Of course, for A and I, a visit to London is rarely complete without a trip to Harrods for one of their most marvellous ice creams in the Georgian Restaurant. Harrods was (blissfully) air conditioned which was so welcome after our long walks. A spot of shopping and it was time to join G for dinner at Pizza Express. A super end to a lovely day.

I really am grateful for the flexibility that being a housewife allows me. I think it is this flexibility that we as 21st Century Housewives have to embrace. So often we allow ourselves to feel swamped by obligations and schedules. It is so easy to become rigid and trapped in a prison of our own making. This is silly. A little flexibility can go an awfully long way, and allows you to grab some fantastic experiences with both hands. There is a lot to be said for spontaneity and yesterday really taught me a lesson. When I found out today G was scheduled to be in London one day next week, I juggled our diaries round and A and I are going with him again. Another adventure awaits the 21st Century Housewife!

Monday, July 24, 2006

Who is the 21st Century Housewife?

I’ve had a website www.21stcenturyhousewife.com for years with a blog within in, but I’ve never had a blog quite like this before.

I am the 21st Century Housewife. I love being a housewife and I am good at it. I am not “good at it” in the sense that my house is spotless and there is a cake baking in the oven (I should be so lucky!) However, I am good at it in the sense that I enjoy making a home for myself and my family, and they enjoy the fact that I do that for them. Like many housewives today, I know what it is like to juggle the demands of family, career and home. It is stressful sometimes, but I love it.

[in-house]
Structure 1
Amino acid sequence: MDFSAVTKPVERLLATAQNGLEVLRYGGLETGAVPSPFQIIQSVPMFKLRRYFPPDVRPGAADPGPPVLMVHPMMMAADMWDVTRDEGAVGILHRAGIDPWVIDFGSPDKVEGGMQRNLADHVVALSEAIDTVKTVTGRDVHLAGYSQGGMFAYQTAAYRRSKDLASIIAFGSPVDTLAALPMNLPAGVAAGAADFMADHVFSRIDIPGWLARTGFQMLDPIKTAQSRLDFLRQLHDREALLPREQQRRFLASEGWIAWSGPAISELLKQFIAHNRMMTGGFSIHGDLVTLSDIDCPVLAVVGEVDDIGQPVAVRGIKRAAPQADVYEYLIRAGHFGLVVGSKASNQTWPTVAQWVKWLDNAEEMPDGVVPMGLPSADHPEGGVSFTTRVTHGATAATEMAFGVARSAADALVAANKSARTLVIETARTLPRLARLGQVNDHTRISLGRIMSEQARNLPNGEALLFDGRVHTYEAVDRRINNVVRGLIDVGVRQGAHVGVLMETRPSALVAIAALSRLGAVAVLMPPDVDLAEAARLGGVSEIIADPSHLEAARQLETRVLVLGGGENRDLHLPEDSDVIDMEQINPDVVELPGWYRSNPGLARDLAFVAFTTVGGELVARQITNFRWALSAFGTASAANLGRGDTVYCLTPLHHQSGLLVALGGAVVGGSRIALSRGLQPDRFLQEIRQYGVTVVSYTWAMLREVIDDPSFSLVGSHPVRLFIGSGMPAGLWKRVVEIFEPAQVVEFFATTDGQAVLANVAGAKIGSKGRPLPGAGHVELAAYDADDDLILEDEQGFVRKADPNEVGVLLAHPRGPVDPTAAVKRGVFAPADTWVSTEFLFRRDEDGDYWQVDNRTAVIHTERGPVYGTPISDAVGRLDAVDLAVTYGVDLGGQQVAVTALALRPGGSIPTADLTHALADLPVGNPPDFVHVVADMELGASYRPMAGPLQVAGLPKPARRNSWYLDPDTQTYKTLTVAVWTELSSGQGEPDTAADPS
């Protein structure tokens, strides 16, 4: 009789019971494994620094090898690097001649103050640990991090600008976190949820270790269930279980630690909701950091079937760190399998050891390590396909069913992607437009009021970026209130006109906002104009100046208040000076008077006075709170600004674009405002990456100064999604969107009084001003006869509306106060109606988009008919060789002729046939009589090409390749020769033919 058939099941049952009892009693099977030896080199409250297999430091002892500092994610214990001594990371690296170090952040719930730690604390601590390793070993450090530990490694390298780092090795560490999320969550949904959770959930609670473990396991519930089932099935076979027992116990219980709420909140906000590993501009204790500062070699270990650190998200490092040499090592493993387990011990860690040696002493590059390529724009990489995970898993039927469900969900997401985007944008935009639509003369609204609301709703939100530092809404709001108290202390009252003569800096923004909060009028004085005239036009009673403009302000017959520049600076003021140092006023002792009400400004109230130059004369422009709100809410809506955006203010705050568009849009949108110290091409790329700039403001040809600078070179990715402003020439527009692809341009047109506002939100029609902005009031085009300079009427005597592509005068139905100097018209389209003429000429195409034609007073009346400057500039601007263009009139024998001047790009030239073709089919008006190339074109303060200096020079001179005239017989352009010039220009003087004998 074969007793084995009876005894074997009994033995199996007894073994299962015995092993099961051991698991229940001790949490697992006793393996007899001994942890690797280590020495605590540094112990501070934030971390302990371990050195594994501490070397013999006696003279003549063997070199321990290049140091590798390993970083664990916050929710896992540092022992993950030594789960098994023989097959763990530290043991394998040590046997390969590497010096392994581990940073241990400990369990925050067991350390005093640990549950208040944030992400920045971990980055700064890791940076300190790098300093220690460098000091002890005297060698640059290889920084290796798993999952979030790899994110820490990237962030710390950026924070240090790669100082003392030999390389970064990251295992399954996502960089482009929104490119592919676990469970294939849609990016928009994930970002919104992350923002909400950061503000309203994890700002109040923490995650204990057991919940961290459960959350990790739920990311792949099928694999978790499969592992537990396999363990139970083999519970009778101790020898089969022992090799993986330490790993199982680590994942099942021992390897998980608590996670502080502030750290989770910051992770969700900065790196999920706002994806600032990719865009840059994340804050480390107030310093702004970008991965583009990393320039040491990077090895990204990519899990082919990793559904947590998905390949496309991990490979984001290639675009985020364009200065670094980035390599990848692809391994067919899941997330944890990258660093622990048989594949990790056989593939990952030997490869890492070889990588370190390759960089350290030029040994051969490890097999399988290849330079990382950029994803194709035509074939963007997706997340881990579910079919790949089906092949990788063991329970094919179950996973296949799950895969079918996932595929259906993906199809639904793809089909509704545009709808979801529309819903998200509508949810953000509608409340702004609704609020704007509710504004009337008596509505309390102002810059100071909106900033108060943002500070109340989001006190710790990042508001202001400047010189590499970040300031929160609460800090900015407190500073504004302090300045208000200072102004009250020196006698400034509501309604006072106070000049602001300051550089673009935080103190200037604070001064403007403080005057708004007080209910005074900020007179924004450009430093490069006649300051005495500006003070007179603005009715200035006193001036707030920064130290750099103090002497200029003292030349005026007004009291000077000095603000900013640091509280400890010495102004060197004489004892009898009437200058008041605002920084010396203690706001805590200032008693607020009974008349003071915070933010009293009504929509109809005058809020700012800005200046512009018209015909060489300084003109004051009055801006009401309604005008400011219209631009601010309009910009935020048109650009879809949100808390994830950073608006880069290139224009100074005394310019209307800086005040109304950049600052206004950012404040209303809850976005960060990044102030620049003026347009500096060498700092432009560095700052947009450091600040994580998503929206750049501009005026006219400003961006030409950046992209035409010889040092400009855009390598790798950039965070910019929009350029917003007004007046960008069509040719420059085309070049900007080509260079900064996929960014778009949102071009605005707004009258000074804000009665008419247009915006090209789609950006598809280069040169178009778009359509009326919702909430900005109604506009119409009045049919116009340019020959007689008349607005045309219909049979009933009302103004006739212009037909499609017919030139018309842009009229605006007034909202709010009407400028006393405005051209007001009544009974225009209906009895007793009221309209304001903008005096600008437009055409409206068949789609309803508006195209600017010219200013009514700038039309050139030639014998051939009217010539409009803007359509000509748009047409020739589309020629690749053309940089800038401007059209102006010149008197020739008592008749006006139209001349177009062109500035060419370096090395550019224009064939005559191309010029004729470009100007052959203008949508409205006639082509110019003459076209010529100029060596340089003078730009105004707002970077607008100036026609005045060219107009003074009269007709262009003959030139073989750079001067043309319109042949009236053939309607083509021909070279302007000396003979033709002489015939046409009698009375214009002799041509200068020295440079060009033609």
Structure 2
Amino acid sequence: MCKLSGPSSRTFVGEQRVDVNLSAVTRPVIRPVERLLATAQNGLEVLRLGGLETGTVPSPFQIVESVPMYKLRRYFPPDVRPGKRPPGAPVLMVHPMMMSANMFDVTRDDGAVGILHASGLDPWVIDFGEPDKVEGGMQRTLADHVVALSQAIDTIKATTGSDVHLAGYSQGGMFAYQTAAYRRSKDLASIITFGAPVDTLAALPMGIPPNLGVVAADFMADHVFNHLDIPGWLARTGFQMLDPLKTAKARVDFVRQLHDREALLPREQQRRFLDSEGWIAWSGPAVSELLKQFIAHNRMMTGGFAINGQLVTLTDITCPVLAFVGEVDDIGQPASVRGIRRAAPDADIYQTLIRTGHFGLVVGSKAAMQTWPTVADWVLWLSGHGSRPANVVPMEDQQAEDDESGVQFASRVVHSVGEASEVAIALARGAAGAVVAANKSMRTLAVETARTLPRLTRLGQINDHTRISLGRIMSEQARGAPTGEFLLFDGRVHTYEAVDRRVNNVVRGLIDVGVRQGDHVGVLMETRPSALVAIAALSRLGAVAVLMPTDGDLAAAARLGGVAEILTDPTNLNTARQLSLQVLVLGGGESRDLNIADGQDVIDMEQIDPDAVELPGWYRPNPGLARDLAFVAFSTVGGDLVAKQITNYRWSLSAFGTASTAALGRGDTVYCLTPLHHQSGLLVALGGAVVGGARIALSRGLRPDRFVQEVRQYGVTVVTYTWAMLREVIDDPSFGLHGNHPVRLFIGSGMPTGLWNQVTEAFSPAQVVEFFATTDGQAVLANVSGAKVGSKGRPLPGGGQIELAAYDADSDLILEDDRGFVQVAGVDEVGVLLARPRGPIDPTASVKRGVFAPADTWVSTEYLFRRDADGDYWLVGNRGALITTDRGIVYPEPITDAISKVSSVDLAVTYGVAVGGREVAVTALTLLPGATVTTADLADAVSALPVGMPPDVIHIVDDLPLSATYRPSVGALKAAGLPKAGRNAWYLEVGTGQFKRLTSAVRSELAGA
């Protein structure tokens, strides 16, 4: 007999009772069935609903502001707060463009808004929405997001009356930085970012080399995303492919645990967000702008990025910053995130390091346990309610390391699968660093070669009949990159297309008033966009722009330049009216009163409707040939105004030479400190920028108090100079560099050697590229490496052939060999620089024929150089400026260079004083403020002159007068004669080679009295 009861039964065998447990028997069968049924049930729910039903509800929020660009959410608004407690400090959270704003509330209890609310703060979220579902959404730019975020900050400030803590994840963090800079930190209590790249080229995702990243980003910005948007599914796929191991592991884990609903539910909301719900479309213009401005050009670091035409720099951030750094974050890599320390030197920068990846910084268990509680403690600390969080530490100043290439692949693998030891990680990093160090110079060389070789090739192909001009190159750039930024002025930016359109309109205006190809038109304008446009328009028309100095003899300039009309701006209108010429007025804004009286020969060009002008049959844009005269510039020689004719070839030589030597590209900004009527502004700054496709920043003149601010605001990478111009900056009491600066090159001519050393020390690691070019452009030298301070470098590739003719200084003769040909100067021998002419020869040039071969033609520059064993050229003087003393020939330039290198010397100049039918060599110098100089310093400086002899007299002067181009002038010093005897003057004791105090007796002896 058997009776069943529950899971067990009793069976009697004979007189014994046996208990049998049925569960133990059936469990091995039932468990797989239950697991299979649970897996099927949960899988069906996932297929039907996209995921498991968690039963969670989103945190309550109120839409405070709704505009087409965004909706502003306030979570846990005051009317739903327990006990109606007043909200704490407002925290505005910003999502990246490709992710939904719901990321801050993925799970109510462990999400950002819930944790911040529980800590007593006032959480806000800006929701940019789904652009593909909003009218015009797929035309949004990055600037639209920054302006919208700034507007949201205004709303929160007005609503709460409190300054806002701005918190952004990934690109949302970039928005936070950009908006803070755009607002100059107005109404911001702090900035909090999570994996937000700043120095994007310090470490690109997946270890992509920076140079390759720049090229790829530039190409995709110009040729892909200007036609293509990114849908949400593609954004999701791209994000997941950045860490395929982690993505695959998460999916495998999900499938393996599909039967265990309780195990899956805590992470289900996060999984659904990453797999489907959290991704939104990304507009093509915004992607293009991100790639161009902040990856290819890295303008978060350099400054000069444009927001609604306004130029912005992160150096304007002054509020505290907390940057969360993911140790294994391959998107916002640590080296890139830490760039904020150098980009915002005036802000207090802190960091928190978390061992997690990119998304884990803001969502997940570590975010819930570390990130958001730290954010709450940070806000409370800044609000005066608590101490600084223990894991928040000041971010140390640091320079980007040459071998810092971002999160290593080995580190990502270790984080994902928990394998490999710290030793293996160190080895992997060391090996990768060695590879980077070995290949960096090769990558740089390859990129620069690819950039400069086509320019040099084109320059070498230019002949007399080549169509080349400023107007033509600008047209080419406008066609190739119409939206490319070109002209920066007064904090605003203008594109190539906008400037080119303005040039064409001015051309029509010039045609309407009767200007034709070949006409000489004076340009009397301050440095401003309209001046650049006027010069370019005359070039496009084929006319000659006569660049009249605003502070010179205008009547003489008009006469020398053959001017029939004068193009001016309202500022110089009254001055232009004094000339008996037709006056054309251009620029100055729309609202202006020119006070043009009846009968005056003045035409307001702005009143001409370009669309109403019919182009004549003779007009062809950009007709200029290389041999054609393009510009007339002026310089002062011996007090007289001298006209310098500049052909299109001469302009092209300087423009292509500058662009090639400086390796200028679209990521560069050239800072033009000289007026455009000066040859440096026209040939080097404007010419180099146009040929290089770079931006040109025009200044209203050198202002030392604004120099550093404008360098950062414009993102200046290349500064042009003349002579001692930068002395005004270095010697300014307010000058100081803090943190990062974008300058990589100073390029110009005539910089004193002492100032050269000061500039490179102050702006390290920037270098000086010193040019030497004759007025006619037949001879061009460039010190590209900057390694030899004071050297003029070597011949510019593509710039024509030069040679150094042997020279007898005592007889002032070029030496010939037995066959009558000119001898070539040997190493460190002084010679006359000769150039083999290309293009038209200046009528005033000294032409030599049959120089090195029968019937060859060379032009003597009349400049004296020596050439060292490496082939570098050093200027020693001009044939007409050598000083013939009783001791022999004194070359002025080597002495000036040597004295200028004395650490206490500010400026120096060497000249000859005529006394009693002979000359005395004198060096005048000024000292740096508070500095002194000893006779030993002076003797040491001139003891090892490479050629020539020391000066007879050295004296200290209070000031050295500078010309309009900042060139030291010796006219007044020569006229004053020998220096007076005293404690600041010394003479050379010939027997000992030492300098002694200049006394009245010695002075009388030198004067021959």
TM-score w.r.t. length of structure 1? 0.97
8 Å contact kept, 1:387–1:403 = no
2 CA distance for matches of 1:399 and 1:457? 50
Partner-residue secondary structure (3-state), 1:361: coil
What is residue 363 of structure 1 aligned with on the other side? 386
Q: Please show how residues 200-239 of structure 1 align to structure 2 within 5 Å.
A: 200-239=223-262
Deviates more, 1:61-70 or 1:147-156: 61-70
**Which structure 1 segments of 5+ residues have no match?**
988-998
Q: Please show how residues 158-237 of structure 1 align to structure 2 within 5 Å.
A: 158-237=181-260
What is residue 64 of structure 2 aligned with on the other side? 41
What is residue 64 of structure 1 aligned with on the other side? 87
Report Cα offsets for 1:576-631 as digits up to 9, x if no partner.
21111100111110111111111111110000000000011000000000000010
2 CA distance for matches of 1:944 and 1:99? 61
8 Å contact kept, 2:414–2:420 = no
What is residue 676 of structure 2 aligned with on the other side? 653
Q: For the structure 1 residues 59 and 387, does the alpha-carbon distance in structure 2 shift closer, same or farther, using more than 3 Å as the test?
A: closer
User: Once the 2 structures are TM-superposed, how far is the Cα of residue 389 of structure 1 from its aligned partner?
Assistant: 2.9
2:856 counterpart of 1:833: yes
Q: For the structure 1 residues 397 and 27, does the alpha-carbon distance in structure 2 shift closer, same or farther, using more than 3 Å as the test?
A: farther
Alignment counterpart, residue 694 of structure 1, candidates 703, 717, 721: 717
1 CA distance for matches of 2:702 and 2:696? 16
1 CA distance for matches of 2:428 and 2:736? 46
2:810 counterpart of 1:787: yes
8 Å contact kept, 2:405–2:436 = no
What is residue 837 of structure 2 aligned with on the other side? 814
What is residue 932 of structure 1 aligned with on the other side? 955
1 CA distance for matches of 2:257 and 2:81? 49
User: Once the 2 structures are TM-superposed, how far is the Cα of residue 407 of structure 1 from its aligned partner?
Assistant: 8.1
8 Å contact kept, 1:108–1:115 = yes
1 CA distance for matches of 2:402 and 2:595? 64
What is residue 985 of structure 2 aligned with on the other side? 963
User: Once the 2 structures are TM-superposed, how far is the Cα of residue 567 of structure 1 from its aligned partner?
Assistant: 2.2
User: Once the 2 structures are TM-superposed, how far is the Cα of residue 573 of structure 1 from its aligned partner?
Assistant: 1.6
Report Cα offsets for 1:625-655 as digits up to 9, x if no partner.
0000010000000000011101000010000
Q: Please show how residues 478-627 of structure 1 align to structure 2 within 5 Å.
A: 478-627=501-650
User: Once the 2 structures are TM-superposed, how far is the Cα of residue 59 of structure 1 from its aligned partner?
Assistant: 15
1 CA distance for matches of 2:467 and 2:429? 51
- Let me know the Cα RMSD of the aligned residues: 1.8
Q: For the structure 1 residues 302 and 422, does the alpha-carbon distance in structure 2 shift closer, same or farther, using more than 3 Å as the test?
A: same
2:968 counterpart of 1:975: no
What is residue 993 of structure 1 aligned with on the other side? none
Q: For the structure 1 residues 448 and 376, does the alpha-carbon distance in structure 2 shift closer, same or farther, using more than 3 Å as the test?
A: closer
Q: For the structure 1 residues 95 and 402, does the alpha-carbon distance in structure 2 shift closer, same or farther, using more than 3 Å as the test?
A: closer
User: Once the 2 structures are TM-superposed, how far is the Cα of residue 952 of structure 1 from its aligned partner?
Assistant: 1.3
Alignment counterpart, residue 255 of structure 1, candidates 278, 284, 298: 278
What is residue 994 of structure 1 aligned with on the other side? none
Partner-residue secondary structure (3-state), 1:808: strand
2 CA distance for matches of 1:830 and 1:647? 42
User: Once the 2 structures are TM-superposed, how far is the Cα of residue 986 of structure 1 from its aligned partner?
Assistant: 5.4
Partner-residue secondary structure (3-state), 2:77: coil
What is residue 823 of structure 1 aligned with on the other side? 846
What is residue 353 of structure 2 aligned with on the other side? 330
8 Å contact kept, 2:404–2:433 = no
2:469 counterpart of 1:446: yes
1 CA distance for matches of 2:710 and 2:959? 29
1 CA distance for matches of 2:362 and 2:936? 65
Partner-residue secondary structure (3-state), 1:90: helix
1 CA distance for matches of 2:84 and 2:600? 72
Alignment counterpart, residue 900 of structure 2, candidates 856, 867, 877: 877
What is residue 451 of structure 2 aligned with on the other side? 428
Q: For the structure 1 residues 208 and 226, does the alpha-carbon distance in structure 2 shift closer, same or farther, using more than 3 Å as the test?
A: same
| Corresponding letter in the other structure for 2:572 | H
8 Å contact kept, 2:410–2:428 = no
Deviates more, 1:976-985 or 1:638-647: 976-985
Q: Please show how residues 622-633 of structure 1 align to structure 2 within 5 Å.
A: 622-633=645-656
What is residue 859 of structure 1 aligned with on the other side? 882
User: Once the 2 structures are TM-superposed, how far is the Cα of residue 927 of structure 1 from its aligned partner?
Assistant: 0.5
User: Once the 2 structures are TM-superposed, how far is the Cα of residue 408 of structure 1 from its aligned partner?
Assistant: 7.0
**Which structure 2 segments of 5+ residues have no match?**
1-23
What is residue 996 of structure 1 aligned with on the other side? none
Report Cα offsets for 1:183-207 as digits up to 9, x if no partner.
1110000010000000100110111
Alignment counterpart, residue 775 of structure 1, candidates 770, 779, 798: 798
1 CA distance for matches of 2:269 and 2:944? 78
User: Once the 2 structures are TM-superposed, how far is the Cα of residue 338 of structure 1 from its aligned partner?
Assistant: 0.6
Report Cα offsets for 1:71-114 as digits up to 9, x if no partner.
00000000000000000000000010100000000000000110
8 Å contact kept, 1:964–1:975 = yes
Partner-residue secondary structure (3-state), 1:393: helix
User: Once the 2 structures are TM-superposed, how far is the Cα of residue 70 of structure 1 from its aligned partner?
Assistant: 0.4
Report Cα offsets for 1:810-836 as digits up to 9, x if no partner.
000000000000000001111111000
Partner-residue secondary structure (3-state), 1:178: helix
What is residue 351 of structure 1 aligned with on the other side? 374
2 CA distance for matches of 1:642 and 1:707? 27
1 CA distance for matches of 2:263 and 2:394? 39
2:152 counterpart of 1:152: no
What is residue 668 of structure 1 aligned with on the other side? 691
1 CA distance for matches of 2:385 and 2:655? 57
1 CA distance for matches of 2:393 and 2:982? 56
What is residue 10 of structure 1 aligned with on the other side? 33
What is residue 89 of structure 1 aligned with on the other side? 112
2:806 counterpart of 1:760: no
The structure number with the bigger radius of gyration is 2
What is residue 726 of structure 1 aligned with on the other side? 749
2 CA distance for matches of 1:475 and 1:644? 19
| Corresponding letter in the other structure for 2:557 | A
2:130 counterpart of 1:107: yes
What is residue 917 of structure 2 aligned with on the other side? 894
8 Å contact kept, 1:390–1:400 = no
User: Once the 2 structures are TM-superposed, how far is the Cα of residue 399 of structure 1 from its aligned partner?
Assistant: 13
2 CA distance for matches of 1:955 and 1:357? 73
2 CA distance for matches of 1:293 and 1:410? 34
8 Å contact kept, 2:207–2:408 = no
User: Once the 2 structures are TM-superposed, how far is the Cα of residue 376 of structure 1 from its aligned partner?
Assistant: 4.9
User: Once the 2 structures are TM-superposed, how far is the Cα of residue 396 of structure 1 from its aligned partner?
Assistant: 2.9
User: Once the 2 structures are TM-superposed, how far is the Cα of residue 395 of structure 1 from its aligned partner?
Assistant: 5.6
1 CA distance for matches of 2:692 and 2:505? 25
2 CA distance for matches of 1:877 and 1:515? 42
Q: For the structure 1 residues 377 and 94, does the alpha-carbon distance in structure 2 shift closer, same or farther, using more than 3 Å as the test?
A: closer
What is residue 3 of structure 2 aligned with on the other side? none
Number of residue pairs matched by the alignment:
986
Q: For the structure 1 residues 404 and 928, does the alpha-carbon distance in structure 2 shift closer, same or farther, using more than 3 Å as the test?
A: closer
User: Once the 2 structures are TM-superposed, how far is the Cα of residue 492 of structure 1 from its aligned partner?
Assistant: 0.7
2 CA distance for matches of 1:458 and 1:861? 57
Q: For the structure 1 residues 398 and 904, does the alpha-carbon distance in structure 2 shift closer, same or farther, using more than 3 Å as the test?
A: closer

I believe housewifery is as much a career as any other profession. Those of us who are housewives, and society as a whole, need to recognise that. There are always exceptions to every rule, but in general in this century it is very rare for housewifery to be a career that is imposed on someone, it is most often a choice. Yet even though we have chosen this path, many housewives today feel they are somehow less than “enough” and that they are not fulfilling their true potential. Part of the reason for this is that society very rarely gives credit where credit is due in the case of housewives. They are more prone to belittle women who have chosen this path. However, I believe it is possible to fulfil one’s true potential through the craft of housewifery, and that rather than considering ourselves to be “just housewives” we ought to feel quite proud of what we do. In this post-modern culture, where the home is becoming even more central and important to our society, housewives still have an important role to play.